The afternoon featured a number of additional speakers representing diverse backgrounds and viewpoints on climate change, but all with the same ‘call to action’ theme expressed by Gore, Brown, Calderón and Wynne.
Bianca Jagger discussed the importance of infranationals pushing the United Nations process forward, and linking human rights challenges to climate change. Lieutenant Governor Elizabeth Dowdeswell highlighted that enlightened leadership on climate issues has and will continue to emerge, but that practical groundwork on implementation must quickly follow. A panel discussion on planning led by WWF President David Miller highlighted the critical role of government support for innovation and research on climate solutions.
IKEA Canada President Stefan Sjöstrand noted his company’s commitment of US$1billion in funding for climate solutions internationally, as well as committing to install electric vehicle charging stations at all IKEA stores in Canada this summer. President of International Council for Science Gordon McBean, representing the scientific community, shared a statement on behalf of Pan-American climate experts noting what has to be done, and that they are ready and willing to assist policymakers and others in developing and implementing solutions. Many others also committed to lend their support in various ways through the two-day event.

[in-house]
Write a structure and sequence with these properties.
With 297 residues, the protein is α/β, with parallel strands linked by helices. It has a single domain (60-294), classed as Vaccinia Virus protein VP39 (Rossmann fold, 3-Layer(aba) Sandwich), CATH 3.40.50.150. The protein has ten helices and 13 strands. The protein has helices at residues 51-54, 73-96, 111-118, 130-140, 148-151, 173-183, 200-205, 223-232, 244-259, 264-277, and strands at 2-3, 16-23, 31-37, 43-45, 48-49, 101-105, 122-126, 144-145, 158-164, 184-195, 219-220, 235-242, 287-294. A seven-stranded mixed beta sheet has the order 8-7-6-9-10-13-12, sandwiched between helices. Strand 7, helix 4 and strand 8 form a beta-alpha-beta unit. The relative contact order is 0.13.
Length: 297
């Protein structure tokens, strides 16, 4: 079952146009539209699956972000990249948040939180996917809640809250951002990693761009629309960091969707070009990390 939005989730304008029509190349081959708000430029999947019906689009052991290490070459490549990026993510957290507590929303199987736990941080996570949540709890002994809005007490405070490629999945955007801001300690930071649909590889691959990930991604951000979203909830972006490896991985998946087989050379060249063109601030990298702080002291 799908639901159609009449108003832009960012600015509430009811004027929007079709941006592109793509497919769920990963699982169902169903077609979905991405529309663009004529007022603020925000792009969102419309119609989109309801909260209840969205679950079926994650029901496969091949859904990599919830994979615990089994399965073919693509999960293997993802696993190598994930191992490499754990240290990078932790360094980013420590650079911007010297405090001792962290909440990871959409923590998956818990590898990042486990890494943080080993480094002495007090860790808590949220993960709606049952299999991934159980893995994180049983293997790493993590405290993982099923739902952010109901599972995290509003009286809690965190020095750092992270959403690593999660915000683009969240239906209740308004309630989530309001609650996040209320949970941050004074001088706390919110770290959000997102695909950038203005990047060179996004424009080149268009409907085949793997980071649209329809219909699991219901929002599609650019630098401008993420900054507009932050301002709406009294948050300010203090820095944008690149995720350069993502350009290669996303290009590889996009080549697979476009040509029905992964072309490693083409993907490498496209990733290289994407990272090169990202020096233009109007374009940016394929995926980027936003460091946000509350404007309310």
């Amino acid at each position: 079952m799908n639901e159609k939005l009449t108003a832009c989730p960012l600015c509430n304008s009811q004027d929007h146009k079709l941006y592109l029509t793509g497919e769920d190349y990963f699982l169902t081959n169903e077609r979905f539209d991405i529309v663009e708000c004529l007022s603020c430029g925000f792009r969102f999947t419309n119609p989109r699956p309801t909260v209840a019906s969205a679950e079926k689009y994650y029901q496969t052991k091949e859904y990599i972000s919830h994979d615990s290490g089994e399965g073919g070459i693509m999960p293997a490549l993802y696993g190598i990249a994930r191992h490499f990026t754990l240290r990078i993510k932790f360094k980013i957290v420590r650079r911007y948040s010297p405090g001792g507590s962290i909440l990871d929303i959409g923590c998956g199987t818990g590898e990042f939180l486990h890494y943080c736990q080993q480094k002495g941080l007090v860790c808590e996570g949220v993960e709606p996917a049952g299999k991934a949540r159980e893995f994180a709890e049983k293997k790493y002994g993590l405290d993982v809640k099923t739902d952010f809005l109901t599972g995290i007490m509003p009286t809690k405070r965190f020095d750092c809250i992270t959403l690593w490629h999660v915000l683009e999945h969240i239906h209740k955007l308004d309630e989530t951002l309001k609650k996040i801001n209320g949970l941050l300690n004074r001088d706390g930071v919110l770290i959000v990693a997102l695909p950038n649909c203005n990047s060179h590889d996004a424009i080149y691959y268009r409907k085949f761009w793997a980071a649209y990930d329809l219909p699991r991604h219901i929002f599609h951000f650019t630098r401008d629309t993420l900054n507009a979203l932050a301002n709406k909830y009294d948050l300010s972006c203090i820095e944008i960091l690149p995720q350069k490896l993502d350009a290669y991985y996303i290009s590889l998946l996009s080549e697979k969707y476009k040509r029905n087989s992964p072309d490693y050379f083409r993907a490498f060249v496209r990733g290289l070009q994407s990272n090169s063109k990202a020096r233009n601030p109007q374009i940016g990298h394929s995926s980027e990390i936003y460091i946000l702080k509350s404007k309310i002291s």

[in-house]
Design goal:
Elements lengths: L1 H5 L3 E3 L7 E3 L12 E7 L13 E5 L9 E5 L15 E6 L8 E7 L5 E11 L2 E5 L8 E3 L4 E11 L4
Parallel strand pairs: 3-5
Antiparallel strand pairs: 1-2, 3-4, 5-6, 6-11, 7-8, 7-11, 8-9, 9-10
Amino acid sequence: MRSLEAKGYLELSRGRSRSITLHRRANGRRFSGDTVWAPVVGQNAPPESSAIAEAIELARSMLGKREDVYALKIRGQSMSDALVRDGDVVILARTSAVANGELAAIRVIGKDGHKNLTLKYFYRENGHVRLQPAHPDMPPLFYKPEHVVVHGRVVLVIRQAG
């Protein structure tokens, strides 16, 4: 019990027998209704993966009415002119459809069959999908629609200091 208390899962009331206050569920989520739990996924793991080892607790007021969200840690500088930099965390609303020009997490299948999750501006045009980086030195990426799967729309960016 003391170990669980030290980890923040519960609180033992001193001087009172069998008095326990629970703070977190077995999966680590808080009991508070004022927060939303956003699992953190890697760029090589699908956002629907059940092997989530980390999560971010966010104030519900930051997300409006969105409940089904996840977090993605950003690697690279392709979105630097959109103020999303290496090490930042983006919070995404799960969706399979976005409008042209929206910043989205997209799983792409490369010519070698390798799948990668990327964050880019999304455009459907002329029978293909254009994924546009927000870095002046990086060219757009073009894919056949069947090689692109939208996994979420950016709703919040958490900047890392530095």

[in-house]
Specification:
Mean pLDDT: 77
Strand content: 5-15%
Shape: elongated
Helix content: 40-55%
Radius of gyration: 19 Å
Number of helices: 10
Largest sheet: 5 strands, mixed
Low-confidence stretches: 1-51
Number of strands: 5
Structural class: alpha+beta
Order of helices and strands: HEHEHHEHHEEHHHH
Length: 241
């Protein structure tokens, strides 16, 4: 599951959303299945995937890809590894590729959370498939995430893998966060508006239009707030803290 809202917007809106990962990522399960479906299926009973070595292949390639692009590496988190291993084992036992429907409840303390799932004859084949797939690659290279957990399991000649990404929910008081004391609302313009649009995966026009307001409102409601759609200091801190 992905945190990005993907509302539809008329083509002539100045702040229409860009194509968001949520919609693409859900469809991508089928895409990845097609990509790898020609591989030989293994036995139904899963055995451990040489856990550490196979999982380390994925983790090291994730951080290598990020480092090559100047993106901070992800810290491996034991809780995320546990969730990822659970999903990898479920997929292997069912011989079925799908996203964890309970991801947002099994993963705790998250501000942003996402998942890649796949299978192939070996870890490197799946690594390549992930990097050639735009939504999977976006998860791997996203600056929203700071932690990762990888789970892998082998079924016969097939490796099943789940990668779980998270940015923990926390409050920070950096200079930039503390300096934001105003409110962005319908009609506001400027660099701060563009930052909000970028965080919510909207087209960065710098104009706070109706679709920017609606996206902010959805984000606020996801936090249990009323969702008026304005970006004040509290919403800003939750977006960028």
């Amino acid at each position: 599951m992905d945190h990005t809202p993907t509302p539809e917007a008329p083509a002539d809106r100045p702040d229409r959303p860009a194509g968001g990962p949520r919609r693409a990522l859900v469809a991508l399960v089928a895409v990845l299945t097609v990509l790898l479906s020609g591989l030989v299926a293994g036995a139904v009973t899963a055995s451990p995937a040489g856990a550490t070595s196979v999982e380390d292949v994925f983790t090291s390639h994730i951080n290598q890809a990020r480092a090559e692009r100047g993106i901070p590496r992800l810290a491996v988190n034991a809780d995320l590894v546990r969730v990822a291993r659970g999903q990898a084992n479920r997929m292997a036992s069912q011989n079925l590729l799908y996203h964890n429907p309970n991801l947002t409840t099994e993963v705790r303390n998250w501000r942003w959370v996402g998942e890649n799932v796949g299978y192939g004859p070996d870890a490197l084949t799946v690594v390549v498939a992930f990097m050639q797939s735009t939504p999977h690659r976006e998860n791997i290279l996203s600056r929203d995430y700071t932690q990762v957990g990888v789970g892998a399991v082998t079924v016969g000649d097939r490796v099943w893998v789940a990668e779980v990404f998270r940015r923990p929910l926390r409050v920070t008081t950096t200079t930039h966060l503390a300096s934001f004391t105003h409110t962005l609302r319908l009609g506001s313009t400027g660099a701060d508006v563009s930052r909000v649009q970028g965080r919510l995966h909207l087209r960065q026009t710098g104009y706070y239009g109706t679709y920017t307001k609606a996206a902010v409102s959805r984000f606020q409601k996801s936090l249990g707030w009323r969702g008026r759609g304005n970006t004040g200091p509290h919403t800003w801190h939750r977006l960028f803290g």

The climax of the summit was when Ontario and more than 20 other states, cities and regions signed the first-ever Pan-American action statement on climate change. The statement indicates that limiting global warming to 2C requires all levels of government to take action and outlines commitment options related to carbon pricing, emission reduction reporting, ambitious targets and action in key sectors. The statement builds on other initiatives such as the Under 2 MOU, the Compact of States and Regions and Compact of Mayors. It is hoped that other jurisdictions will sign on to the action statement in the lead-up to COP-21.